Letter from Francis Jackson, Ellis Gray Loring, Amos B. Merrill, and S. E. Sewall to Stephen S. Foster, requesting that he address the public at an assembly at Fenuiel Hall, Boston [Massachusetts] on October 30, 1842.
Undated letter from Francis Jackson, Edmund Quincy, and William Bassett to the editor of the Boston Transcript [Lynde Walter] reagrding an advertisement taken out by The Liberator's editor [Isaac] Knapp.
Unsigned manuscript letter from "the friends of William Lloyd Garrison," soliciting donations with which they hope to buy him a home. Names trustees Ellis Gray Loring, Francis Jackson and Samuel Philbrick.
Letter from Francis Jackson and William Lloyd Garrison, with no addressee, notifying of appointment to serve as a delegate for the Massachusetts Anti-Slavery Society at the 6th Anniversary celebration of the American Anti-Slavery Society in New York on May 7, 1839.
Letter from Edmund Quincy to J.  Williams, a librarian for the Public Library in Dedham [Massachusetts], in response to his request for volumes of literature produced by the Massachusetts Anti-Slavery Society.
Four-page letter from Ellis Gray Loring to Andrew Robeson soliciting donations to operate the anti-slavery publication The Liberator, under the management of Francis Jackson, Samuel Philbrick, Edmund Quincy, William Bassett, and Loring.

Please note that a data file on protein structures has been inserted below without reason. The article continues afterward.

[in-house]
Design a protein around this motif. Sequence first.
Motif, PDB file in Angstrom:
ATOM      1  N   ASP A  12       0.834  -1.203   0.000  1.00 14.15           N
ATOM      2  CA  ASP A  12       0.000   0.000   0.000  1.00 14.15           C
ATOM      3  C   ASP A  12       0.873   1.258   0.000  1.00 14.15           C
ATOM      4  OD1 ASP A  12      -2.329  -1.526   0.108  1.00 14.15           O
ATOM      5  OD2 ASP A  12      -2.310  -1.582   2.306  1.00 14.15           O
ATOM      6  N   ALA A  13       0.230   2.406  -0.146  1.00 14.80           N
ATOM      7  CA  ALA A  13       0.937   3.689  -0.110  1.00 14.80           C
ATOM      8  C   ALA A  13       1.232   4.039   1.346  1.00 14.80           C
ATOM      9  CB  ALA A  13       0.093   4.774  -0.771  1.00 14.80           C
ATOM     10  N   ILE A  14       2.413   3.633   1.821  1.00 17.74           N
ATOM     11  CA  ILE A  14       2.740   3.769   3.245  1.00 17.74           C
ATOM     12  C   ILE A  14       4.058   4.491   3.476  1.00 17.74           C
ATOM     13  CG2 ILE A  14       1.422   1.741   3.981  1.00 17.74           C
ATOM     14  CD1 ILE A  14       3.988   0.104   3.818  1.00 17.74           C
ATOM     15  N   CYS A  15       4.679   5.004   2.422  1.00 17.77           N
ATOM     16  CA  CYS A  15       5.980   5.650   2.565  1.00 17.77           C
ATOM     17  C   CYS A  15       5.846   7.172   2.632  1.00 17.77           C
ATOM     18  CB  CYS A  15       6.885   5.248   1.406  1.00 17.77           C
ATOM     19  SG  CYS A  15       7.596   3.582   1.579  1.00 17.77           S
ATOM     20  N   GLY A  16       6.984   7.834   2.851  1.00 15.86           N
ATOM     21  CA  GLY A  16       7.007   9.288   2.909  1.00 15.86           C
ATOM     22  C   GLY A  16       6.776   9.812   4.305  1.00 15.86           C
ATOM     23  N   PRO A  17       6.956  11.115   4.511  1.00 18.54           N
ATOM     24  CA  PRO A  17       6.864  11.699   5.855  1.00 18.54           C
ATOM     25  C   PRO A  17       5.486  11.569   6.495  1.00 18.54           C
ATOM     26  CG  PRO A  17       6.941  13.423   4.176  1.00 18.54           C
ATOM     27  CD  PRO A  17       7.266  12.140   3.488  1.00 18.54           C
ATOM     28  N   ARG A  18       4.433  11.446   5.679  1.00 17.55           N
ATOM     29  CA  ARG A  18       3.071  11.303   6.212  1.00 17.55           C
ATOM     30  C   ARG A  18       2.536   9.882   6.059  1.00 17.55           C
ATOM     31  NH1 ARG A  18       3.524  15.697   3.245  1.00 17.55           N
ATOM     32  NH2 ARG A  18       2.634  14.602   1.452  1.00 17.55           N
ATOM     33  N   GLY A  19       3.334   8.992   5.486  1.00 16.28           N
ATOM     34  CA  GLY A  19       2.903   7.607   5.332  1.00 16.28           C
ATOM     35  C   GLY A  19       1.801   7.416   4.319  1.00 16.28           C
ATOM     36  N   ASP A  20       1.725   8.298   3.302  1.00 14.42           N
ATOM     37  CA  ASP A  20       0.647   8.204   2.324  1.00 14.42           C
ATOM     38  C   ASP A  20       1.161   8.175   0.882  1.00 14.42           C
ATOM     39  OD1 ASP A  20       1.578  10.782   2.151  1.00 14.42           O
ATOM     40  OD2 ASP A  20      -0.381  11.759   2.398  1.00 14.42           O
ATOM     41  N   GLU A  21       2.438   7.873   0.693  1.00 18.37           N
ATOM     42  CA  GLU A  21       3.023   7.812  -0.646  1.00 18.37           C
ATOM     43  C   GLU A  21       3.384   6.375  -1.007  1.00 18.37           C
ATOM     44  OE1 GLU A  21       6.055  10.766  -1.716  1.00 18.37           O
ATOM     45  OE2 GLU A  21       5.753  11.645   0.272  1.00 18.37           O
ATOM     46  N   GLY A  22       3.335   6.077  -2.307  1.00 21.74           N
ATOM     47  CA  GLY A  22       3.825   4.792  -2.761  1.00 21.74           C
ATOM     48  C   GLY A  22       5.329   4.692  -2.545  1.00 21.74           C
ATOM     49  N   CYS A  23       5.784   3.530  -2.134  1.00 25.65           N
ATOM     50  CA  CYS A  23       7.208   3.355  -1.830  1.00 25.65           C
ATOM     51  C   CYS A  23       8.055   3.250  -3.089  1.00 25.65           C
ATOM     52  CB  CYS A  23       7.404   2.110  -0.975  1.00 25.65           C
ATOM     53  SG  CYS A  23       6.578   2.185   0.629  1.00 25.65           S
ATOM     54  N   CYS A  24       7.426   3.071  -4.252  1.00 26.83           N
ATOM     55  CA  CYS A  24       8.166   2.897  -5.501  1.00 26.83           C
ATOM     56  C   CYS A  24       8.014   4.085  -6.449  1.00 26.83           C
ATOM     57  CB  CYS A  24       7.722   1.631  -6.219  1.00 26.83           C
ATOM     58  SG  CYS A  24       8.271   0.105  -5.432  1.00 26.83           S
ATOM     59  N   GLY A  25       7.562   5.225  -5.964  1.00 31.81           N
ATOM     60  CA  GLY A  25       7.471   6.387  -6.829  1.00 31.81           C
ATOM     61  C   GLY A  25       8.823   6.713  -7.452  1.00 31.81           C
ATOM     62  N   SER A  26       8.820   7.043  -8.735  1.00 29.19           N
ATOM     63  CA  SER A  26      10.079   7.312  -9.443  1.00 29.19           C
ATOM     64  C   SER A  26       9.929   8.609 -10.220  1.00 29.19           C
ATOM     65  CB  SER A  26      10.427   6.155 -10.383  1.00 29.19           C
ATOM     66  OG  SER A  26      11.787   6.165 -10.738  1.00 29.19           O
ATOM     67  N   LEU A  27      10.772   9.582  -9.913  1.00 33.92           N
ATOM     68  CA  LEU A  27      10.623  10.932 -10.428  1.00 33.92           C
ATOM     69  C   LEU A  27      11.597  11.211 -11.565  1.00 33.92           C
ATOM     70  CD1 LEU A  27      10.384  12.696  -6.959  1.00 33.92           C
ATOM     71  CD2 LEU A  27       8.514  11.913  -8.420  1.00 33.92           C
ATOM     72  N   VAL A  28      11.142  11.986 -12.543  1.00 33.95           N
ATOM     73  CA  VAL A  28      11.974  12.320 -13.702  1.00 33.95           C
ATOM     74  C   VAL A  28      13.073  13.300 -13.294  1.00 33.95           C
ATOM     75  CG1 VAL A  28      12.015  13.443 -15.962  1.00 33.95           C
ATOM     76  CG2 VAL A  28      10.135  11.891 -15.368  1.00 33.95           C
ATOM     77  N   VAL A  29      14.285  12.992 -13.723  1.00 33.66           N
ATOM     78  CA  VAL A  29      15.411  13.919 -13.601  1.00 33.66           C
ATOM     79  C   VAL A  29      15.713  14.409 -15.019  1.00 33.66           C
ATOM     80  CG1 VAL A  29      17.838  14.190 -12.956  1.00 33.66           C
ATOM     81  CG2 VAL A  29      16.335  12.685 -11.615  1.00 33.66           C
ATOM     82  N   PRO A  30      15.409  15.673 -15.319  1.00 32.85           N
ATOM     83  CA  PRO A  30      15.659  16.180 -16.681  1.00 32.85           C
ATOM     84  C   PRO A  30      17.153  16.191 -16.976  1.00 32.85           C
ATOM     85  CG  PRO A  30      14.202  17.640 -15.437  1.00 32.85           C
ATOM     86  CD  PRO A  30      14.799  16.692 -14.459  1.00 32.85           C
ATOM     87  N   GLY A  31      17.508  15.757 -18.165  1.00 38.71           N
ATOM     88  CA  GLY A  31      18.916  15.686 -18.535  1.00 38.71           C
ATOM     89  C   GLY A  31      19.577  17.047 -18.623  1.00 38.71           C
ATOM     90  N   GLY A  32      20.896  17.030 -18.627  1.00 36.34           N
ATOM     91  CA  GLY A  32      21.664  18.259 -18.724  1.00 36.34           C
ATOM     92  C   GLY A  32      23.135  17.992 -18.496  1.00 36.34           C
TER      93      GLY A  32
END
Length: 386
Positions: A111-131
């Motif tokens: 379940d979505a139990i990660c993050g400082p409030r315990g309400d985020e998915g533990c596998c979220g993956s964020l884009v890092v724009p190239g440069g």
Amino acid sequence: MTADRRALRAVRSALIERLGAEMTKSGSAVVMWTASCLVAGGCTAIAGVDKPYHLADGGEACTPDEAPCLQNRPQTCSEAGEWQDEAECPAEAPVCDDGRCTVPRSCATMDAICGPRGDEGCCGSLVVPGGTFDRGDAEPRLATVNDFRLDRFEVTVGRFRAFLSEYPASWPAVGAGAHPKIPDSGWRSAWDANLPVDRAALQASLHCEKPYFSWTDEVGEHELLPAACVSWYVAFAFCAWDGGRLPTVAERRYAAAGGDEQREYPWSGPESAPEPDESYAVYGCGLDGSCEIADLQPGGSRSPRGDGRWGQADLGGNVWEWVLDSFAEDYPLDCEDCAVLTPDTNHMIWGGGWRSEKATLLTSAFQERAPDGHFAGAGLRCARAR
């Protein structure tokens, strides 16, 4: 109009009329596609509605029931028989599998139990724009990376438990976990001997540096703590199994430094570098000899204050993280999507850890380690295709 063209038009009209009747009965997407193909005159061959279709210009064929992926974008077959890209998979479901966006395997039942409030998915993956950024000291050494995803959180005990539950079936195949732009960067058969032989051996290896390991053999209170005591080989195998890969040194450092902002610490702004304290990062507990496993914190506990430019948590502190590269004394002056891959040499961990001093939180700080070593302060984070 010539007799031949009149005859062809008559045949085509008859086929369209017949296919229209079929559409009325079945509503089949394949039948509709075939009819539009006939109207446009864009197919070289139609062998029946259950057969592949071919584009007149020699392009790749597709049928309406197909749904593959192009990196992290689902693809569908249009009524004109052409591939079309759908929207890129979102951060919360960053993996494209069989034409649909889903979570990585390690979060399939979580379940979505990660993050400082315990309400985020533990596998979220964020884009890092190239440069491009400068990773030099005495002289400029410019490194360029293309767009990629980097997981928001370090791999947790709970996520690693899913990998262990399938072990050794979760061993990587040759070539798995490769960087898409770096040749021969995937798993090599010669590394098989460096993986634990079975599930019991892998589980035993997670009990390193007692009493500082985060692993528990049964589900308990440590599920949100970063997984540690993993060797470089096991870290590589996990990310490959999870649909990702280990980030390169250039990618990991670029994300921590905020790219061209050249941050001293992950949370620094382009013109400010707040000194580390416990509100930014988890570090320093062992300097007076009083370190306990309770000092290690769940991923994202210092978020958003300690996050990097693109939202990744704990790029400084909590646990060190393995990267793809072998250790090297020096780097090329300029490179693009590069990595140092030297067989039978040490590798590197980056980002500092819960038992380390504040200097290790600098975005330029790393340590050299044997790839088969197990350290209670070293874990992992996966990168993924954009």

Two-page letter from Francis Jackson, Samuel Philbrick, Ellis Gray Loring, William Bassett, and Edmund Quincy of Boston, [Massachusetts] to an unnamed addressee soliciting funds for the operation of The Liberator, an explaining a new subscription service.
Letter to the Superintended of the Public Library from John Sargent in response to a request for published materials from the Massachusetts Anti-Slavery Society, New England Anti-Slavery Society, and the American Anti-Slavery Society.
Two-page response letter from Abott Lawrence to Francis Jackson, Charles T. Hildreth, Thomas B. Sewall, and Ellis Gray Loring of Boston [Massachusetts] regarding his political position on slavery in the United States Congress.
Undated editorial letter addressed to "the editor of the Courier" regarding Miss [Harriet] Martineau's Martyr Age [in the United States], vindicating her support of the abolitionist movement. Signed "Xenius."
Letter from Hamlett Bates in Boston to [secretary of the Massachusetts Anti-Slavery Society] friend [James Caleb] Jackson, listing unpaid pledges made to The Liberator in 1839 and identifying those that may be collected.
Four-page letter from Francis Jackson, Charles T. Hildreth, Thomas B. Sewall, and Ellis Gray Loring of Boston [Massachusetts] to Abbott Lawrence inquiring about his political position on slavery in the United States Congress.